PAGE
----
Spokane knows a little something about the tough economics of zoo management.
Walk in the Wild, a zoo that was run by the nonprofit Inland Northwest Zoological Society, shut down in the mid-1990s after 23 years of financial and public relations struggles.
Even with free rent on 81 acres at Mirabeau Point, the zoo’s supporters couldn’t quite make a go of it.
Annual attendance peaked at 100,000 visitors in 1990 and ’91, as new animals – including endangered species such as snow leopards – were added at a rate that sometimes outpaced the construction of new exhibits.
Visitation dropped to 69,000 the following year, when expansion slowed so workers and fundraisers could catch up.
Winters were especially tough, with big bills for hay and other feed.
Snow kept visitors away from a visiting exhibit of robotic dinosaurs during the winter of 1992-’93, leaving the zoo burdened with debt.
Cat Tales, a private zoological park in north Spokane, opened in 1991, drawing some of the support that had gone to Walk in the Wild.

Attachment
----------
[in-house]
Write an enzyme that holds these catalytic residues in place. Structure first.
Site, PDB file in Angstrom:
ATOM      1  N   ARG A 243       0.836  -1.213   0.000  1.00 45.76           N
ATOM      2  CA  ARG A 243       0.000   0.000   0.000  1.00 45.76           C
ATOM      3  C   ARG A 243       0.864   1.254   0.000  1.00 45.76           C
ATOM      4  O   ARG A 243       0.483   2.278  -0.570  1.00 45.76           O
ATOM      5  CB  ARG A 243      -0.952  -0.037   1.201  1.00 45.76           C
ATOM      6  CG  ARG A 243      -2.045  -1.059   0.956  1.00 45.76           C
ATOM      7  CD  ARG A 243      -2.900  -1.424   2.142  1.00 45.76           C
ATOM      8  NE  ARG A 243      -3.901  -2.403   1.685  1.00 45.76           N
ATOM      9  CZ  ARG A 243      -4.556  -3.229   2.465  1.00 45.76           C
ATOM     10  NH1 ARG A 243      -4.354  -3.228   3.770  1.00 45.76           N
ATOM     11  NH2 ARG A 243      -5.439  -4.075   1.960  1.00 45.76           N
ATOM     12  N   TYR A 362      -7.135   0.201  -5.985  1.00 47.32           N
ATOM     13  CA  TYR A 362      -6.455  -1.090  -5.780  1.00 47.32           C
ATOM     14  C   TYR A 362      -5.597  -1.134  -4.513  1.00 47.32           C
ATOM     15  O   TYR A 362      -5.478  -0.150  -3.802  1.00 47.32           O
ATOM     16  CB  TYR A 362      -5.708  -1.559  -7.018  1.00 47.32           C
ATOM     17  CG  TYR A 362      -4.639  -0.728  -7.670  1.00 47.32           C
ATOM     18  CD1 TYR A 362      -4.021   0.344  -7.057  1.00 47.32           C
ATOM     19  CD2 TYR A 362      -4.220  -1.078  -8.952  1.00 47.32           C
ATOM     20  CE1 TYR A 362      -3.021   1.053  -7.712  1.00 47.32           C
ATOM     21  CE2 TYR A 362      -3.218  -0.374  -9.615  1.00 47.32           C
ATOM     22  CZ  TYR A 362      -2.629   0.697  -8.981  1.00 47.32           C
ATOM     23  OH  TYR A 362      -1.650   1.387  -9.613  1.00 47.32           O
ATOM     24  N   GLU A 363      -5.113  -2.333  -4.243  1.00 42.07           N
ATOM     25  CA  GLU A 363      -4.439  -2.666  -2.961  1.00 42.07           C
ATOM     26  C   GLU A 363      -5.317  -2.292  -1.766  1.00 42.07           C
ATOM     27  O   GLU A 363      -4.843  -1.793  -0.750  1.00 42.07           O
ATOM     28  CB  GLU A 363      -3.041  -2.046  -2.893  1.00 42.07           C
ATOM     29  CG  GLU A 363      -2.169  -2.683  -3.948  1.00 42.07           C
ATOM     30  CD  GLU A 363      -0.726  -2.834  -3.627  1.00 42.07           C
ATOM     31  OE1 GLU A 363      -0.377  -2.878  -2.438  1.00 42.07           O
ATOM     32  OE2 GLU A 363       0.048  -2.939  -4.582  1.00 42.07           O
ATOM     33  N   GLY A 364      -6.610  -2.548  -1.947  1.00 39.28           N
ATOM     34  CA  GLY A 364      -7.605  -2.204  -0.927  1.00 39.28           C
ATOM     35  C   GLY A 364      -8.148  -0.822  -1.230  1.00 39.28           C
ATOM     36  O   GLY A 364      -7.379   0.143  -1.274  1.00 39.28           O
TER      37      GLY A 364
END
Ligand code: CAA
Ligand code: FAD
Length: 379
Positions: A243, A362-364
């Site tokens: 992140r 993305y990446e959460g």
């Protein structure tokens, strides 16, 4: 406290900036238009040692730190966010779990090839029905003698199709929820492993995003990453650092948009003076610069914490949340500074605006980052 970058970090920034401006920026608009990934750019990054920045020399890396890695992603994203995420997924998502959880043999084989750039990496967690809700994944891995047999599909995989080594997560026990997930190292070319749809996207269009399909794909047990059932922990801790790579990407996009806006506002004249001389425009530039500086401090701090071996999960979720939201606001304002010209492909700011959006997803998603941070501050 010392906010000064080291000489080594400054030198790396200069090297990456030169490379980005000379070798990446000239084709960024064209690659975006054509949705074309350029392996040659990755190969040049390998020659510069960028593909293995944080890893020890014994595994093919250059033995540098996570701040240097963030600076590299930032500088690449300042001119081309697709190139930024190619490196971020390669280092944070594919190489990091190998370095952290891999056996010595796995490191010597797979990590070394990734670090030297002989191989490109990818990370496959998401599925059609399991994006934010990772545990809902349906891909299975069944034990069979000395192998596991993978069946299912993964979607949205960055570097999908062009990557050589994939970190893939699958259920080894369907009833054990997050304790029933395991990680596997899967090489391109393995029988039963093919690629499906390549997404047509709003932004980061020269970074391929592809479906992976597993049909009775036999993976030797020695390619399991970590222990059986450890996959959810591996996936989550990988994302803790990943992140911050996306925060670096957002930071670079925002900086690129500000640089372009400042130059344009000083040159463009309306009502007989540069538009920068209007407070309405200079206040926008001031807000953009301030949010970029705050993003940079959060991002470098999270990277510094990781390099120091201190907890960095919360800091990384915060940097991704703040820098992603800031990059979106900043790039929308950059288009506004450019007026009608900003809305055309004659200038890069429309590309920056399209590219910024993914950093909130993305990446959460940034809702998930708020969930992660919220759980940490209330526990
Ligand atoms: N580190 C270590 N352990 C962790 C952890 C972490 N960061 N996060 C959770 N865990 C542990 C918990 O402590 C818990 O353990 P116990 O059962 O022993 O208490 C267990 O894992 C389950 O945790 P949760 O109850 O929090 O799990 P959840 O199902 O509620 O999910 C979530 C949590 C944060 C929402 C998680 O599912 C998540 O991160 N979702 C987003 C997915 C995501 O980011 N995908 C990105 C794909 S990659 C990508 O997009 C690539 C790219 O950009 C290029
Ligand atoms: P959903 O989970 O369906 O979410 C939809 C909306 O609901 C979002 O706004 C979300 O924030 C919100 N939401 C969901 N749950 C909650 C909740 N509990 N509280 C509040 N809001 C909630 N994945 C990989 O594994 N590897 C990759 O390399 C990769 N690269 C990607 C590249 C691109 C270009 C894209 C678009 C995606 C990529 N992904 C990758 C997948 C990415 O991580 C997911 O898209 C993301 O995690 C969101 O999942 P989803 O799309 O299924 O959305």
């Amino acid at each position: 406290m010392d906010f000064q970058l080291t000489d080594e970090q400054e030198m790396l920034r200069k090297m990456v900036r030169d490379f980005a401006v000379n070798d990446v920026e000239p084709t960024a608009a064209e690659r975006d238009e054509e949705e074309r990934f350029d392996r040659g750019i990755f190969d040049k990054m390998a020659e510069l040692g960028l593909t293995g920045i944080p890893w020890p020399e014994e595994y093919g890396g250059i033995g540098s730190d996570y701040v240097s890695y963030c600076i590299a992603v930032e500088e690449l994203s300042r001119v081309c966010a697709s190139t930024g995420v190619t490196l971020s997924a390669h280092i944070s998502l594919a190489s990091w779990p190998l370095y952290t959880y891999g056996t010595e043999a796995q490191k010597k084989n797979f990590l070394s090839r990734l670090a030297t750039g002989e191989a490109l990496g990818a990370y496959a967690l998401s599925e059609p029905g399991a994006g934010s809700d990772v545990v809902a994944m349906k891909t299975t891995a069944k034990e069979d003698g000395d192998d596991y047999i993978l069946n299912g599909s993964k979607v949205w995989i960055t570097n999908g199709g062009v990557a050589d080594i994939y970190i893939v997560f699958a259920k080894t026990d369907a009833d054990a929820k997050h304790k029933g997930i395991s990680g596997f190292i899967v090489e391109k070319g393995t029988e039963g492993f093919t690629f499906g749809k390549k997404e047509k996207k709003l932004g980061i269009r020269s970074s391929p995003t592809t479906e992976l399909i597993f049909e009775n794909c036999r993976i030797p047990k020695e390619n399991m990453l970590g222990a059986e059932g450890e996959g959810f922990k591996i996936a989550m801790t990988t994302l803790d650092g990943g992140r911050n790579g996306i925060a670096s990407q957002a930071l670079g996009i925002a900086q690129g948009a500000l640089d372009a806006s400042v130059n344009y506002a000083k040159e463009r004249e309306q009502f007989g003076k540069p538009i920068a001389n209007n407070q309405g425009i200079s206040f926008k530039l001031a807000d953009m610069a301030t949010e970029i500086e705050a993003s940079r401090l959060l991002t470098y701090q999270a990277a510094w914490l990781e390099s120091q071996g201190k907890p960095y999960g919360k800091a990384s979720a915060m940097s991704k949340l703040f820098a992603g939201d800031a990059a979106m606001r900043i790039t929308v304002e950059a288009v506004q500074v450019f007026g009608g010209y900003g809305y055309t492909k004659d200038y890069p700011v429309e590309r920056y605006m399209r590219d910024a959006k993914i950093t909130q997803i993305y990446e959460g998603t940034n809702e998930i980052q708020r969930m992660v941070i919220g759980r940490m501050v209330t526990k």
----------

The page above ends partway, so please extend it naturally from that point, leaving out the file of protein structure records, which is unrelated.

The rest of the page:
The nonprofit park still operates, with more than 40 wildcats, among other animals.
In the mid-1990s, the zoological society hoped to persuade Spokane County to become a partner in Walk in the Wild. Backers also wanted to ask voters for $10 million for an African exhibit and other improvements.
(Two earlier requests, for $6.8 million in 1978 and $8.6 million in 1980, were defeated at the polls.)
County commissioners said no.
Finally, in 1994, zoo officials announced during a press conference that Walk in the Wild would shut down unless the community raised $1.1 million in a month. The response was tepid.
The zoo shut down the last day of 1995 after supporters failed at a last-ditch effort to raise $2 million to move to Silverwood Theme Park in Idaho.
Many of the animals went to other zoos or private owners. Seattle’s Woodland Park Zoo, which had loaned the snow leopards to Spokane, made the decision to euthanize the aging pair, both of which had cancer.
Walk in the Wild wasn’t the first zoo to fall on tough times in Spokane.
In 1932, the city closed its zoo at Manito Park, saying the Depression made it impossible to keep the animals fed.
Many of the animals were shot, including three bison and two grizzly bears.